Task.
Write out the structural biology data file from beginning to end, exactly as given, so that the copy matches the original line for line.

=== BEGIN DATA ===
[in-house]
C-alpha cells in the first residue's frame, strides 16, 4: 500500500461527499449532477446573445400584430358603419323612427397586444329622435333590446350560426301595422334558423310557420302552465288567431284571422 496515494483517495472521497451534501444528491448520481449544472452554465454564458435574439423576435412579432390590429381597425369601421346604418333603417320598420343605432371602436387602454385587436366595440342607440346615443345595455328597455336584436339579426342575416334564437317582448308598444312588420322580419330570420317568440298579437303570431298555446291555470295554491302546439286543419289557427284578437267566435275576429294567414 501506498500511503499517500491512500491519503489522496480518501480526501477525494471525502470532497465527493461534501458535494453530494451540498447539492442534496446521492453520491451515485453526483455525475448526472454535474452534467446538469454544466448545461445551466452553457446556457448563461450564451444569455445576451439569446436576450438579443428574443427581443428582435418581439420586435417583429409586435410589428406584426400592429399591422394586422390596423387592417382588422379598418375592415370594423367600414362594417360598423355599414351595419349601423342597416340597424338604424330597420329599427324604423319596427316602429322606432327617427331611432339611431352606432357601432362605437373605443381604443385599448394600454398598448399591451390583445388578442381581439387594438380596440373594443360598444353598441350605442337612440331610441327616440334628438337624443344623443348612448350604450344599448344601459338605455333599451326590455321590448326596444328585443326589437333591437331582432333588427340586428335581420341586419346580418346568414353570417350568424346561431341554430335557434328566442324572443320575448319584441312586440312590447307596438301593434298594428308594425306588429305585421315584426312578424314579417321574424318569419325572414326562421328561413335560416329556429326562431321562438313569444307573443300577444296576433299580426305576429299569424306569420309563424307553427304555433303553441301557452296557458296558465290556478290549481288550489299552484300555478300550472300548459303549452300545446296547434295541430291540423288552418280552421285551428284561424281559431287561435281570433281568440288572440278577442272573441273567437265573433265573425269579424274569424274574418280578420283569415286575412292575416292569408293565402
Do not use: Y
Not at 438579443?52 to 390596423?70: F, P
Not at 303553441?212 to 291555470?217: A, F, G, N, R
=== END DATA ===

[in-house]
C-alpha cells in the first residue's frame, strides 16, 4: 500500500461527499449532477446573445400584430358603419323612427397586444329622435333590446350560426301595422334558423310557420302552465288567431284571422 496515494483517495472521497451534501444528491448520481449544472452554465454564458435574439423576435412579432390590429381597425369601421346604418333603417320598420343605432371602436387602454385587436366595440342607440346615443345595455328597455336584436339579426342575416334564437317582448308598444312588420322580419330570420317568440298579437303570431298555446291555470295554491302546439286543419289557427284578437267566435275576429294567414 501506498500511503499517500491512500491519503489522496480518501480526501477525494471525502470532497465527493461534501458535494453530494451540498447539492442534496446521492453520491451515485453526483455525475448526472454535474452534467446538469454544466448545461445551466452553457446556457448563461450564451444569455445576451439569446436576450438579443428574443427581443428582435418581439420586435417583429409586435410589428406584426400592429399591422394586422390596423387592417382588422379598418375592415370594423367600414362594417360598423355599414351595419349601423342597416340597424338604424330597420329599427324604423319596427316602429322606432327617427331611432339611431352606432357601432362605437373605443381604443385599448394600454398598448399591451390583445388578442381581439387594438380596440373594443360598444353598441350605442337612440331610441327616440334628438337624443344623443348612448350604450344599448344601459338605455333599451326590455321590448326596444328585443326589437333591437331582432333588427340586428335581420341586419346580418346568414353570417350568424346561431341554430335557434328566442324572443320575448319584441312586440312590447307596438301593434298594428308594425306588429305585421315584426312578424314579417321574424318569419325572414326562421328561413335560416329556429326562431321562438313569444307573443300577444296576433299580426305576429299569424306569420309563424307553427304555433303553441301557452296557458296558465290556478290549481288550489299552484300555478300550472300548459303549452300545446296547434295541430291540423288552418280552421285551428284561424281559431287561435281570433281568440288572440278577442272573441273567437265573433265573425269579424274569424274574418280578420283569415286575412292575416292569408293565402
Do not use: Y
Not at 438579443?52 to 390596423?70: F, P
Not at 303553441?212 to 291555470?217: A, F, G, N, R